“Teaching is more than just knowing stuff,” protested Tony Evers, the state superintendent of public instruction. “It is an extraordinarily complex skill.” You may not be surprised to hear that in Wisconsin, the superintendent of education is not appointed by the governor. Evers was elected on his own, and his office is extremely unhappy about Walker’s new plan.

“We don’t know the origins of this idea. It wasn’t discussed,” said John Johnson, a spokesman for the superintendent. “We’re requiring more rigor of our students, but this certainly seems like a decrease in the rigor we require of our teachers.”

The idea could very well become law, whether the educators like it or not, since the Wisconsin Legislature often makes policy changes as part of the budget. We will have to let Wisconsinites worry about that.

But it gives us a fresh look at the wave of attacks on teachers’ unions around the country. We definitely do not want to protect incompetent or lazy teachers. On the other hand, if you believe that teaching is a skill that it takes years of practice to master, you also do not want to encourage politicians to save money by canning the most expensive and most experienced teachers.

Not a problem for Scott Walker. His view of teaching is apparently that anybody can do it. Just the way anybody can be president. As long as they don’t make you talk about evolution.

Correction: February 19, 2015
Gail Collins’s column on Saturday incorrectly stated that teacher layoffs in Milwaukee in 2010 happened because Gov. Scott Walker of Wisconsin “cut state aid to education.” The layoffs were made by the city’s school system because of a budget shortfall, before Mr. Walker took office in 2011.
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Location: The eye of the universe, Cen. Cal. coast

PostPosted: Mon Mar 02, 2015 9:03 pm    Post subject: Reply with quote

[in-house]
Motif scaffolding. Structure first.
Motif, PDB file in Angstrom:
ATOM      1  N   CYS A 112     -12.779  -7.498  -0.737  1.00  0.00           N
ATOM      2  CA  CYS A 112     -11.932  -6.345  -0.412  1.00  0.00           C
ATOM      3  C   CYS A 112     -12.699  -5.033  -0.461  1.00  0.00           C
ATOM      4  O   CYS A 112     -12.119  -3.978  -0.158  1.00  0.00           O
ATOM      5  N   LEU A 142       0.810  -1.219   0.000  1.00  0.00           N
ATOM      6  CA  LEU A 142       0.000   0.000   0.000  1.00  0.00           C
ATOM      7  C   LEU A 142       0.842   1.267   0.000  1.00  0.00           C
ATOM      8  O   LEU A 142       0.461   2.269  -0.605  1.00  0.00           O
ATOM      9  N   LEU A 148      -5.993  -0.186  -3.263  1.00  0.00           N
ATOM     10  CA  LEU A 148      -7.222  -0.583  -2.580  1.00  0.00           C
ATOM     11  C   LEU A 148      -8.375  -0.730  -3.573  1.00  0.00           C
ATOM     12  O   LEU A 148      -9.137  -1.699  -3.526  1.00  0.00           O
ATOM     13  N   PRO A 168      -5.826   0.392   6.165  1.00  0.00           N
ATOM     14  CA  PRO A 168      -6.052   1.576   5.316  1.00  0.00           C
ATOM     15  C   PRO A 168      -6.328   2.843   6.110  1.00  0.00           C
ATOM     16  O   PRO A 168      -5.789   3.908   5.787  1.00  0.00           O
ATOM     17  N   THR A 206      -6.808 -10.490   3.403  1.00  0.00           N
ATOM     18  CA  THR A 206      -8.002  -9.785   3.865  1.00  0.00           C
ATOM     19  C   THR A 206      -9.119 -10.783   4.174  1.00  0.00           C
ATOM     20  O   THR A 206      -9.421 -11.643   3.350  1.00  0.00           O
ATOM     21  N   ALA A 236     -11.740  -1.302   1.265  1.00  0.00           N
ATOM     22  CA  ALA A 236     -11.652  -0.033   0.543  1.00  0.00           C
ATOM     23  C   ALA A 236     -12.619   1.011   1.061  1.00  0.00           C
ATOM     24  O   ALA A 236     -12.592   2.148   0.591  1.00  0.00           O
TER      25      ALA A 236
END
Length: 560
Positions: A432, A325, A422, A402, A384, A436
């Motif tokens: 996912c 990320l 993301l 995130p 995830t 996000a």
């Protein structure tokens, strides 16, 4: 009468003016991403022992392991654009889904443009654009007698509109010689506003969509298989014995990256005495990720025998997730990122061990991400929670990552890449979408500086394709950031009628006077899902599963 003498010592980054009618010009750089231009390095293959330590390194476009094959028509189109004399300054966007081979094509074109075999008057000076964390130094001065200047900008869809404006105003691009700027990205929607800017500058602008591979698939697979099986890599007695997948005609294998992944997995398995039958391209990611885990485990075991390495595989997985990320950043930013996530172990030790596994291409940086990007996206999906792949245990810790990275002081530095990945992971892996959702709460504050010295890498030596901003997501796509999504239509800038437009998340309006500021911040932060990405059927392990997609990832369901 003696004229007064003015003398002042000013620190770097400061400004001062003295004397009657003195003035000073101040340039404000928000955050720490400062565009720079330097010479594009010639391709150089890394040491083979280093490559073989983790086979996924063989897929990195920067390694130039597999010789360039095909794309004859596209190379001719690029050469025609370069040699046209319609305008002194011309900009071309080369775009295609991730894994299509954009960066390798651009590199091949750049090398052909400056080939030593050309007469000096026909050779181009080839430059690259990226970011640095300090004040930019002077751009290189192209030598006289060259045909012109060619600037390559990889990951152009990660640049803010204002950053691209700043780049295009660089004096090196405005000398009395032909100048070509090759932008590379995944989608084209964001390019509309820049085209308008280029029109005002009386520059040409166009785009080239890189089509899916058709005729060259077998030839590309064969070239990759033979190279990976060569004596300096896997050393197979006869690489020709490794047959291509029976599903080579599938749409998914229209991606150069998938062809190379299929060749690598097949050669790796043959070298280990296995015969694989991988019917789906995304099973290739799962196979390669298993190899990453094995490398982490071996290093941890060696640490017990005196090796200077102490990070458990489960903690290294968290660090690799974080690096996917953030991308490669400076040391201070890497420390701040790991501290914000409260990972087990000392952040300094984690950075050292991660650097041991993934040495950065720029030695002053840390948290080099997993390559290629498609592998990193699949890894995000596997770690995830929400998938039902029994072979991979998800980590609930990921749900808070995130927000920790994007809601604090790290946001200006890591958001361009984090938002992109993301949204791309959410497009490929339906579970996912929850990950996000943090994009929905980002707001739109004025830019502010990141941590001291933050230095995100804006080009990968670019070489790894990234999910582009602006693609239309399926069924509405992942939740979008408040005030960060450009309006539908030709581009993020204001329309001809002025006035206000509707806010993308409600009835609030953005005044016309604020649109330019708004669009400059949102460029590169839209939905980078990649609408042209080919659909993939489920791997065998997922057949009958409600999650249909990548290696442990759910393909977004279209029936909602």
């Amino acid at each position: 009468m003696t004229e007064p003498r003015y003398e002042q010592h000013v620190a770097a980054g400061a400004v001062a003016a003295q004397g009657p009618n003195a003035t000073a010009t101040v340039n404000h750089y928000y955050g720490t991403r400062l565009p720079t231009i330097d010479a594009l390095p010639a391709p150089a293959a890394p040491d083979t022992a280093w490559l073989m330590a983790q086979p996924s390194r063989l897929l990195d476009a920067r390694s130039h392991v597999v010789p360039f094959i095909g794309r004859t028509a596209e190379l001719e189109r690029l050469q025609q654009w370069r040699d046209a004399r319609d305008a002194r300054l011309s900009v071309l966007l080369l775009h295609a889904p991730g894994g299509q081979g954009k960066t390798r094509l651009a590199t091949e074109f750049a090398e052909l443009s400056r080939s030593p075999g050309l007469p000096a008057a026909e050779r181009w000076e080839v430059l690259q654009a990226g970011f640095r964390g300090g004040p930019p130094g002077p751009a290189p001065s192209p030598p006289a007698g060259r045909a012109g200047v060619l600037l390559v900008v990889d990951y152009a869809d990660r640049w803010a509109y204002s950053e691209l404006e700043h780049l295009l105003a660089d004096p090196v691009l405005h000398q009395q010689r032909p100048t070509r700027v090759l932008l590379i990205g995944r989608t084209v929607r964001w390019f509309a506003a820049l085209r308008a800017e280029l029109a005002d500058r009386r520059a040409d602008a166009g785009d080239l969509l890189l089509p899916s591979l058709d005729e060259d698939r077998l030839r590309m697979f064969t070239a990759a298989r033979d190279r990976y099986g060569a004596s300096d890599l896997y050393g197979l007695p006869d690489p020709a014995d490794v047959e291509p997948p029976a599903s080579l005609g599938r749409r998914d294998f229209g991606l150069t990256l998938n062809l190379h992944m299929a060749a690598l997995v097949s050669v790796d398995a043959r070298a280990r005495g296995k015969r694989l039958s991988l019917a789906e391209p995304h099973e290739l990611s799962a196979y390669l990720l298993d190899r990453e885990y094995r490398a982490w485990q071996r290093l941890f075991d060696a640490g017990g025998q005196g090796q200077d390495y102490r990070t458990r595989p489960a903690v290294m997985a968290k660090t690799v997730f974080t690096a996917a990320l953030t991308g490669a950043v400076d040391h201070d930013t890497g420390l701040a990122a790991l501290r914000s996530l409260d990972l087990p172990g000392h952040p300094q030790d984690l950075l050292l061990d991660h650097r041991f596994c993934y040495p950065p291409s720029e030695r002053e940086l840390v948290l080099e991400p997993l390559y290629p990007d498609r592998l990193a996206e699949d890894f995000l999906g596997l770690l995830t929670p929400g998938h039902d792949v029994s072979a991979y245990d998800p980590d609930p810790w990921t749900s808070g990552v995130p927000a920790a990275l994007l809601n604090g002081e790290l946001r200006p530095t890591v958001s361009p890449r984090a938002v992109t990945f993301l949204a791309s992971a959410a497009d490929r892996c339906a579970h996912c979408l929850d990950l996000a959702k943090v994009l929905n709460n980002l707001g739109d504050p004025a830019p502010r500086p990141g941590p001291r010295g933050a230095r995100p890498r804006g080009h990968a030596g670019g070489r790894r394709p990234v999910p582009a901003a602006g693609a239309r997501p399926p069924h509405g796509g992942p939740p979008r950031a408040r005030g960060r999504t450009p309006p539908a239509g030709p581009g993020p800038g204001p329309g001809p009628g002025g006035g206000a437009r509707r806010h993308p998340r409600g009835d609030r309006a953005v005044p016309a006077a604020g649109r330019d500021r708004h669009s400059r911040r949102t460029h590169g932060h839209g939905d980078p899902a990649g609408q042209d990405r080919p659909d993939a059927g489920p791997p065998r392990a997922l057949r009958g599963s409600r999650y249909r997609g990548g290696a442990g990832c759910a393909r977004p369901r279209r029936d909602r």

Yeah, you're worried.
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PostPosted: Sat Apr 04, 2015 11:16 am    Post subject: Reply with quote

I know that the facts don't matter to the idealogues. But Wisconsin is now 40th among the states in job creation. Sounds like another wanna-be shrub.

The definitive national jobs report that came out recently confirmed how badly Wisconsin's economy continues to sputter under the stewardship of Gov. Scott Walker.

In 2013, as in every year since Walker became governor, job growth in Wisconsin significantly trailed the national average and Wisconsin ranked just 37th among U.S. states in the rate of employment growth. Taking all three years (so far) of Walker's tenure as a whole, employment in Wisconsin grew at just 59% of the national rate.

What's more, Wisconsin under Walker has posted the slowest job growth rate among the seven neighboring Great Lakes/Midwestern states: about half the growth rate of states such as Michigan, Minnesota and Indiana, and a growth rate lower than even much-maligned Illinois.

"It's working," goes the Walker re-election campaign slogan hyping his economic policies — but work opportunities are growing more slowly in Wisconsin than in any state in the Midwest and less robustly than in three-quarters of all U.S. states. Under Walker, Wisconsin has become a job-creation laggard.